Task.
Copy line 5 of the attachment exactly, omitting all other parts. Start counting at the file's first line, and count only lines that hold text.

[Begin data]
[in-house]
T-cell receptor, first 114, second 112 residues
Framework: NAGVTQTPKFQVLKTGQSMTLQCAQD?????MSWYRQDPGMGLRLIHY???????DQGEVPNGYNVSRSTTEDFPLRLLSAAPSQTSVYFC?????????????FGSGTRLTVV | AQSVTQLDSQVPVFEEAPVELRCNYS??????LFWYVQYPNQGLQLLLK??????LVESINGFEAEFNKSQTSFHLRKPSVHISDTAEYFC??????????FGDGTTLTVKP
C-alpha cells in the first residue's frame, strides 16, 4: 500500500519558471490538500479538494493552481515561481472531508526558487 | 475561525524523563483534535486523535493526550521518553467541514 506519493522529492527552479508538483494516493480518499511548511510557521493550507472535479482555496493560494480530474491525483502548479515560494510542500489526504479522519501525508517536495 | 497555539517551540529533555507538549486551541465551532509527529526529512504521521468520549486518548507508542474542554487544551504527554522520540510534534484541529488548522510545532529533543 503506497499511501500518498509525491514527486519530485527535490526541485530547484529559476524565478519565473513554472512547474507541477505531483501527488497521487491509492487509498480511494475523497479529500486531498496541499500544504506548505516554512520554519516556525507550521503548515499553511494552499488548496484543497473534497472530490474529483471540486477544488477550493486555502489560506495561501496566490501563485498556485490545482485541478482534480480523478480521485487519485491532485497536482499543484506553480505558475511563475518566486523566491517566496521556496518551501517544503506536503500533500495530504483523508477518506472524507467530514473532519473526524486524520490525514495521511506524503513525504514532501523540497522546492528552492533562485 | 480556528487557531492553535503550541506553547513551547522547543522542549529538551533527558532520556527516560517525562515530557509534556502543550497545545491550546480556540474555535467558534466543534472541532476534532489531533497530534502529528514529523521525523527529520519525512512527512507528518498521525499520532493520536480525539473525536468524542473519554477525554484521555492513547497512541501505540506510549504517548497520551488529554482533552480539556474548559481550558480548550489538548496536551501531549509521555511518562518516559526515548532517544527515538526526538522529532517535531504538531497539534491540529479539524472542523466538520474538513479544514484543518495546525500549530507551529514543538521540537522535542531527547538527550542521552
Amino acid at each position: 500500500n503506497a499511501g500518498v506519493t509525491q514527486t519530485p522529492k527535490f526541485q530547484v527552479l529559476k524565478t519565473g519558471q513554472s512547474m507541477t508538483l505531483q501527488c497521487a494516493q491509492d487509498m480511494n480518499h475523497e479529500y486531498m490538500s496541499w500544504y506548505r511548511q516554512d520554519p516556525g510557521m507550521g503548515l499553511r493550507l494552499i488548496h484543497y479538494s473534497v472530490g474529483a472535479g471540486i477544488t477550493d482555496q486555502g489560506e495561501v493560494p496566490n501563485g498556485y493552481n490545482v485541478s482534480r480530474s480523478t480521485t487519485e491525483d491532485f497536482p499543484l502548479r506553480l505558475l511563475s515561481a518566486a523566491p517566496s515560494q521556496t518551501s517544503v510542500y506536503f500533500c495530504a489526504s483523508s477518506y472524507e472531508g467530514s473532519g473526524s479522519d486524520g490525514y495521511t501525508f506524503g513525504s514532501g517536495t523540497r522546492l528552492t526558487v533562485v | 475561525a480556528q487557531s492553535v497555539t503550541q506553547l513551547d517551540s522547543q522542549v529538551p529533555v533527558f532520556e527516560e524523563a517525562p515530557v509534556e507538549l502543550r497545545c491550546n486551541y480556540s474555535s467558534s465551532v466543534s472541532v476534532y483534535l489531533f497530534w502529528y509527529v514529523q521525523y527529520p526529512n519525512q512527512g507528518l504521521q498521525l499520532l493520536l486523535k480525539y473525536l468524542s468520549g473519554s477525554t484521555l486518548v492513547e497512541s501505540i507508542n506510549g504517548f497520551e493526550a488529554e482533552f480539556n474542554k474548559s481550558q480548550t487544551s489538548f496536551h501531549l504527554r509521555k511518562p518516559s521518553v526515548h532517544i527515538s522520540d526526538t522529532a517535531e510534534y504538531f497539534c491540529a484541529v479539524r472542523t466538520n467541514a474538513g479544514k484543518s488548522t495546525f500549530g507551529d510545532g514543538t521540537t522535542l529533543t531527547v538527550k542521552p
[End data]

Amino acid at each position: 500500500n503506497a499511501g500518498v506519493t509525491q514527486t519530485p522529492k527535490f526541485q530547484v527552479l529559476k524565478t519565473g519558471q513554472s512547474m507541477t508538483l505531483q501527488c497521487a494516493q491509492d487509498m480511494n480518499h475523497e479529500y486531498m490538500s496541499w500544504y506548505r511548511q516554512d520554519p516556525g510557521m507550521g503548515l499553511r493550507l494552499i488548496h484543497y479538494s473534497v472530490g474529483a472535479g471540486i477544488t477550493d482555496q486555502g489560506e495561501v493560494p496566490n501563485g498556485y493552481n490545482v485541478s482534480r480530474s480523478t480521485t487519485e491525483d491532485f497536482p499543484l502548479r506553480l505558475l511563475s515561481a518566486a523566491p517566496s515560494q521556496t518551501s517544503v510542500y506536503f500533500c495530504a489526504s483523508s477518506y472524507e472531508g467530514s473532519g473526524s479522519d486524520g490525514y495521511t501525508f506524503g513525504s514532501g517536495t523540497r522546492l528552492t526558487v533562485v | 475561525a480556528q487557531s492553535v497555539t503550541q506553547l513551547d517551540s522547543q522542549v529538551p529533555v533527558f532520556e527516560e524523563a517525562p515530557v509534556e507538549l502543550r497545545c491550546n486551541y480556540s474555535s467558534s465551532v466543534s472541532v476534532y483534535l489531533f497530534w502529528y509527529v514529523q521525523y527529520p526529512n519525512q512527512g507528518l504521521q498521525l499520532l493520536l486523535k480525539y473525536l468524542s468520549g473519554s477525554t484521555l486518548v492513547e497512541s501505540i507508542n506510549g504517548f497520551e493526550a488529554e482533552f480539556n474542554k474548559s481550558q480548550t487544551s489538548f496536551h501531549l504527554r509521555k511518562p518516559s521518553v526515548h532517544i527515538s522520540d526526538t522529532a517535531e510534534y504538531f497539534c491540529a484541529v479539524r472542523t466538520n467541514a474538513g479544514k484543518s488548522t495546525f500549530g507551529d510545532g514543538t521540537t522535542l529533543t531527547v538527550k542521552p